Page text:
Content warning: sexual trauma, sexual violence, trauma and recovery.
Sometimes I cruise through books as if I want to devour them and sometimes, I need to take it in word for word. I choose Elena by Lucia Osborne-Crowley is one I had to reread words in order to let it sink in. It’s a non-fiction book about Osborne-Crowley’s own life with a focus on how she dealt with sexual trauma. On my personal Instagram account, I had talked about the topic of consent. Coincidentally, an old classmate had seen this and told Callas Nijskens, the translator and fellow classmate, that this book might interest me. It took me a while to be willing to talk about this book because I wanted to do it justice and kept postponing it.
When you postpone something for a while, it falls to the background. With this book, I kept thinking about it and it wouldn’t let me go. I think it’s because the topic was so important that I felt like I needed to share this book with everyone. I don’t know how to convey to you that this book changed some constructs in my mind I wasn’t even aware of. But I will try to tell you anyway.
I could try to quote all of the lessons I’ve learned from this book, but I’ll keep the list short so that there is more room for you to start reading this one yourself and go on the journey with Osborne-Crowley:
- your body and your mind are more connected than you can imagine
- trauma will always find a way to the surface – time does not heal all wounds
- loving yourself is not impossible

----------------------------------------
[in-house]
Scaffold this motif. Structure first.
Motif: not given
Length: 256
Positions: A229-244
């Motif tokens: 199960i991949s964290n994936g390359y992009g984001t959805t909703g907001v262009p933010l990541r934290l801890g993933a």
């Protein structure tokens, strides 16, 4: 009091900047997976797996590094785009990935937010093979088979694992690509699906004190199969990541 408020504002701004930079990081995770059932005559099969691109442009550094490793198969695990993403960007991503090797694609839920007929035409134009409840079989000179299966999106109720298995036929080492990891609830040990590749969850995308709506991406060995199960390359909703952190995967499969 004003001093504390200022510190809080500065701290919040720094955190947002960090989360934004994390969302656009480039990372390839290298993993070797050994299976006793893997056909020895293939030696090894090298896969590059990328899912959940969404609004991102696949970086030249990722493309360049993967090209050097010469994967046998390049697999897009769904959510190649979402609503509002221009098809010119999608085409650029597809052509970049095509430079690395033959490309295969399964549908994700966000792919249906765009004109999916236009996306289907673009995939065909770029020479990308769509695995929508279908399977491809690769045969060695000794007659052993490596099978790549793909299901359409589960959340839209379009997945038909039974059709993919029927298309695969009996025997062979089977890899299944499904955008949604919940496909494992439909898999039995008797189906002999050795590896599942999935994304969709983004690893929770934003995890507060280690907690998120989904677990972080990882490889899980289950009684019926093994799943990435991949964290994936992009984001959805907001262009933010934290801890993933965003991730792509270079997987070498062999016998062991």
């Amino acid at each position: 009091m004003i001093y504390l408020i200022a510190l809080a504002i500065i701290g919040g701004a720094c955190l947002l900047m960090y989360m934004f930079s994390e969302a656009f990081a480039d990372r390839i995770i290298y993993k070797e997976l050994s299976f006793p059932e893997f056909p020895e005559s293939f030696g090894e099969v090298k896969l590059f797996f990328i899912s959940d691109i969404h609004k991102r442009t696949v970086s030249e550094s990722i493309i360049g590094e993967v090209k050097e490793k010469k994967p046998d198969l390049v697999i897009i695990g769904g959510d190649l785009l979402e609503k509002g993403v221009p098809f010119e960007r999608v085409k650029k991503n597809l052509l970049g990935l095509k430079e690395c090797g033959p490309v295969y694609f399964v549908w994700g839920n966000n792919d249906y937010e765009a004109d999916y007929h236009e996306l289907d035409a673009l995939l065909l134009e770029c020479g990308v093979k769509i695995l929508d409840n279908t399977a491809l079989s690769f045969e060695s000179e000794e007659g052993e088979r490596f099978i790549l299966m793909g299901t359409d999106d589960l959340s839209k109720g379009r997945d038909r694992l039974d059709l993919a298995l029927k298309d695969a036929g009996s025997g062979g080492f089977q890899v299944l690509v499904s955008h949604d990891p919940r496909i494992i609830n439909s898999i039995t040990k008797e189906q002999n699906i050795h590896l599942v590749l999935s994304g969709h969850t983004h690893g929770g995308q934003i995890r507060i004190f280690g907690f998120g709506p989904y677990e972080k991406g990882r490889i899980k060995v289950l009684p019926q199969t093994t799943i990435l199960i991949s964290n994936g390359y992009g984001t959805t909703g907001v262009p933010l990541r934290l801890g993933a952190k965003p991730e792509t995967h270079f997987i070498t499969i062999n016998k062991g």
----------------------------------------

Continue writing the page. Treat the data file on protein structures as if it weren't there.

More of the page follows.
- being kind to yourself is not impossible
- everyone needs help
- the health care system is unjust, sexist and flawed
- shame will literally take your life from you
- it’s never too late to start healing
Normally, I give an in-depth analysis or extensive overview of what a book is about, but I think this one is really important to discover for yourself. Osborne-Crowley has put a lot of research for you in a palatable book and a place to start understanding what sexual trauma can do to your body and mind.
I hope being not forthcoming enough about the content makes you curious, whether you are a victim or know a victim of sexual trauma, or just want to learn more about the inner workings of (sexual) trauma. Above all, I wish this topic would be less taboo and lifted from the shadows. The thing I said about shame is really key because taboos cause shame. Sexual trauma is so much more common than we thought, as the #MeToo-movement has shown, so why are we still dancing around discussing the (extensive) consequences this has on our lives?
So, let this be your sign to pick this book up and go from there to discuss, understand and heal from sexual trauma. And if you’re a Dutchie: the translation is really good and the publishing house is small and does some really nice work so support them if you can!